The General Election in Georgia was celebrated not only because of record turnout, but also because of its integrity. The losing presidential candidate and his allies launched an unsubstantiated attack on the integrity of the election and sought to reverse its results, claiming that it was beset by fraud. But each of the baseless allegations underlying this attack were rebuked, both by judges in lawsuits and by Georgia’s own state and local election officials. Secretary of State Brad Raffensperger affirmed that the election was “secure, reliable, and efficient.” Indeed, his office conducted a comprehensive audit and investigation of the claims of wrongdoing, which showed, as Secretary Raffensperger wrote to Congress, “that there is nowhere close to sufficient evidence to put in doubt the result of the presidential contest in Georgia,” and that they were not “seeing anything out of the ordinary scope of regular post-election issues.” Governor Kemp has disputed unsubstantiated claims of election fraud in Georgia, calling those conspiracy theories “simply a distraction.” Lieutenant Governor Duncan also pushed back against the “amount of misinformation that continues to fly around.” Specifically, he noted that he was troubled that “some folks are willing, just for the sole intent of flipping an election, of spreading misinformation.” Georgia Voting Systems Manager Gabriel Sterling has also refuted allegations and conspiracy theories of election fraud, stating that “[e]verybody’s vote did count [in November].”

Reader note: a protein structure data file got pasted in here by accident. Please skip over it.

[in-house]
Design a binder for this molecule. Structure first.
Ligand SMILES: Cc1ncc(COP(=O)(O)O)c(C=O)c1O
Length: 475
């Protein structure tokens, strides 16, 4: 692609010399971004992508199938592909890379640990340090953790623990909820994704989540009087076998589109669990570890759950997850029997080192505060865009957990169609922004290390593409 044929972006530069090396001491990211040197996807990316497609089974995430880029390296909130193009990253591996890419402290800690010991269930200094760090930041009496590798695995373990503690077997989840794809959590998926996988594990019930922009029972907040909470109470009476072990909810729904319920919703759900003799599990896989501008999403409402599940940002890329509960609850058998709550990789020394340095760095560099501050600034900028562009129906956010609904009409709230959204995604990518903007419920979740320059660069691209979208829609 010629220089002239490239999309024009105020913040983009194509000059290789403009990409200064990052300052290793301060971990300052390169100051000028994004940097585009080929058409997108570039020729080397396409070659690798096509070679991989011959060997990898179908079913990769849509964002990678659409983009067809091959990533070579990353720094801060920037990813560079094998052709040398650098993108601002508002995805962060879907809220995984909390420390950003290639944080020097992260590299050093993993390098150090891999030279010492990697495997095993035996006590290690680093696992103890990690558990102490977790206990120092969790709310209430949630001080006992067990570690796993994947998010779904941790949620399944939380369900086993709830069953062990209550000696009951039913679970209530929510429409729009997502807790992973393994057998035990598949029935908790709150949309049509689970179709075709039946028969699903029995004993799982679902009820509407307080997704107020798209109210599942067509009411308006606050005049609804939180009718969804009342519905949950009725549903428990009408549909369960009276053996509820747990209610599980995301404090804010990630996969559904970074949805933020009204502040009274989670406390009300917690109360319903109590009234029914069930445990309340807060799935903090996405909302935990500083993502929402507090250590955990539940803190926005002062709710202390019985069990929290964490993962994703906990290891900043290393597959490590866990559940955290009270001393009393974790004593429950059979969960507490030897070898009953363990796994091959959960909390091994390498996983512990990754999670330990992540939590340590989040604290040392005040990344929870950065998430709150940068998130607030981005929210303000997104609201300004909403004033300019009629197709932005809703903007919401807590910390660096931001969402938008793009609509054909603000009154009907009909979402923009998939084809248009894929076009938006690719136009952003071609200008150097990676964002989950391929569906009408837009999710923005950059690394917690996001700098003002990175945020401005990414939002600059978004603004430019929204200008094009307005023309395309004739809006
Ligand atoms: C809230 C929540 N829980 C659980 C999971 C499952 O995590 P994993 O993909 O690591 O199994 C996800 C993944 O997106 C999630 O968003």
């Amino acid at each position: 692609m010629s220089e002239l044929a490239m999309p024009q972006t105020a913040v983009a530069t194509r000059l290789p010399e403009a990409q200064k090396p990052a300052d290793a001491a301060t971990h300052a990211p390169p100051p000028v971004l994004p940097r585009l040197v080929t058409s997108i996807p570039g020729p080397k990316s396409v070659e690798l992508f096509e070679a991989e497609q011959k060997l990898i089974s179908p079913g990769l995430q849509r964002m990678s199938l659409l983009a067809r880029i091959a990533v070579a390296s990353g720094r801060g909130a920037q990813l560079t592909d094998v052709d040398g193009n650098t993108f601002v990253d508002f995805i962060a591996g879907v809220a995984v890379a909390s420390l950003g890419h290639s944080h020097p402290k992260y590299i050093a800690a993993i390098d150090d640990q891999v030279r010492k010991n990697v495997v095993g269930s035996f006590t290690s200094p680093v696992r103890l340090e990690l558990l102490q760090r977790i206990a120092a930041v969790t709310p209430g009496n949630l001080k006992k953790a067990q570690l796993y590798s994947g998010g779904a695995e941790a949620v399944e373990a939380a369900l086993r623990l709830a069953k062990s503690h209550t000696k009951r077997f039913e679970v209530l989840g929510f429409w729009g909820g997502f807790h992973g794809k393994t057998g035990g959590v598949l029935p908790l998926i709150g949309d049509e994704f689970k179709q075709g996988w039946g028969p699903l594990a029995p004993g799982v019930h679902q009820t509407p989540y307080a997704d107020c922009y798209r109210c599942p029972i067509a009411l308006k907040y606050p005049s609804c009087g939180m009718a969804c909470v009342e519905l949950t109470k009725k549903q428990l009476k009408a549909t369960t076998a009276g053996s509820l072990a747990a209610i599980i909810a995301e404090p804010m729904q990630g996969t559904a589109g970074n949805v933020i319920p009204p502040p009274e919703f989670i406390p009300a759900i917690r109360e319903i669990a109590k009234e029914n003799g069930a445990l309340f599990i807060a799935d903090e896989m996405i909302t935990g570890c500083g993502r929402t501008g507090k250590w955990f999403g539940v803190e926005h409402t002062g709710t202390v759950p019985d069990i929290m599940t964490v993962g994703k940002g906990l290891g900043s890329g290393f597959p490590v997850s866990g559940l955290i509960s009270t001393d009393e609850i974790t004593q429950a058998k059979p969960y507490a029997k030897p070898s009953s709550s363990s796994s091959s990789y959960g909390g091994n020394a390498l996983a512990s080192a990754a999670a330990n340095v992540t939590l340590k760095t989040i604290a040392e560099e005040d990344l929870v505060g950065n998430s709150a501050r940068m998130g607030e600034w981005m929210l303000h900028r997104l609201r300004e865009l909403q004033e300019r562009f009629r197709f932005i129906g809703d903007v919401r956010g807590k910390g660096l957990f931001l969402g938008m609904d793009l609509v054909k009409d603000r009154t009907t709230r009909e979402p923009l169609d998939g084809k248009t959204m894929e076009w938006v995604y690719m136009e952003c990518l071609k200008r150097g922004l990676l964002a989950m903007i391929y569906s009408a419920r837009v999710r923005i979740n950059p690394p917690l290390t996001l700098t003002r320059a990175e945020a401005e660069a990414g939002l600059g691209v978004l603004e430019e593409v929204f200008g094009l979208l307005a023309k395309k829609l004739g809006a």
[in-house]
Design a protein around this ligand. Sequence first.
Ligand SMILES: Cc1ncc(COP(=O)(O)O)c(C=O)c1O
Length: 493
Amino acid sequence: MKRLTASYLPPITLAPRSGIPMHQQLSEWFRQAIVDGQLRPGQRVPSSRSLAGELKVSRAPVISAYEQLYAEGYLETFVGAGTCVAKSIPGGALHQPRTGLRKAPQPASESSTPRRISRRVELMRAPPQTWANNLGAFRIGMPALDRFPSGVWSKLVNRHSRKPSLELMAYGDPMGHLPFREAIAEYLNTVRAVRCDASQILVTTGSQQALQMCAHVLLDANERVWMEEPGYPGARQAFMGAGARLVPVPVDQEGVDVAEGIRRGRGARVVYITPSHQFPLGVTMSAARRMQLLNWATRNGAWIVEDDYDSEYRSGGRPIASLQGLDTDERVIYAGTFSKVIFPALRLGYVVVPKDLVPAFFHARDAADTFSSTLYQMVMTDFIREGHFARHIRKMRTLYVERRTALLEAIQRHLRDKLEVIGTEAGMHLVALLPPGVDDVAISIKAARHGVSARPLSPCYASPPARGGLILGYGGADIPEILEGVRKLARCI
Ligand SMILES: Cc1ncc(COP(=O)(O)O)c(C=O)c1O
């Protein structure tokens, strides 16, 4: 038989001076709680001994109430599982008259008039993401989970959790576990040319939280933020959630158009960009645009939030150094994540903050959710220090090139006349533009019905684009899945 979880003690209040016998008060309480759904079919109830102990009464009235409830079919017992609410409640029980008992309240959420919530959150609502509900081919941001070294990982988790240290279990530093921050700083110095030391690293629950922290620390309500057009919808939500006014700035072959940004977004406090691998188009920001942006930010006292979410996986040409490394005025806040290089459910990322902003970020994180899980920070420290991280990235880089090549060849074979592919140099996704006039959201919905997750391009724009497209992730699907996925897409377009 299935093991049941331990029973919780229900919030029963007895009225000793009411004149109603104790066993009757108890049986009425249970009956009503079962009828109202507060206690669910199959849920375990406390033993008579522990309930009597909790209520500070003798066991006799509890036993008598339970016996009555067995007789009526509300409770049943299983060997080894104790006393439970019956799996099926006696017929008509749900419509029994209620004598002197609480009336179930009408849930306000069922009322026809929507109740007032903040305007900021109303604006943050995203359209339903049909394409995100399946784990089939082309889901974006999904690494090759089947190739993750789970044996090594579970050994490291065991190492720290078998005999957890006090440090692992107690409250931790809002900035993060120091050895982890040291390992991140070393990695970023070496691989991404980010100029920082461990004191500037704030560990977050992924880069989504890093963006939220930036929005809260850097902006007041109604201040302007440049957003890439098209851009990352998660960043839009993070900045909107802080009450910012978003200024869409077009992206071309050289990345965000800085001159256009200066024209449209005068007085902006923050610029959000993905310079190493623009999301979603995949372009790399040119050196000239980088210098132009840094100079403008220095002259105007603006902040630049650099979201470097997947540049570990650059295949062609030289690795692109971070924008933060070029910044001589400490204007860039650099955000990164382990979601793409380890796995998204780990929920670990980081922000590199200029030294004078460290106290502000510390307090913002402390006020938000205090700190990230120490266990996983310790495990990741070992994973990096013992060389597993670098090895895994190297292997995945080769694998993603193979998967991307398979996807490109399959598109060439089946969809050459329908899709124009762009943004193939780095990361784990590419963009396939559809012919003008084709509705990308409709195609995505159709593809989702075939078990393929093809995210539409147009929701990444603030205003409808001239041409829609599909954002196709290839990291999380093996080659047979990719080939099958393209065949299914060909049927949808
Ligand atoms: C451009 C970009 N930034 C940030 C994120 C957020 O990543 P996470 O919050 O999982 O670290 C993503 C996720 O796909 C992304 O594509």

Yet Kemp went on to sign SB 202 anyway.

The document goes on to allege that “Georgia has a long history and ongoing record of imposing voting restrictions in a racially discriminatory manner”: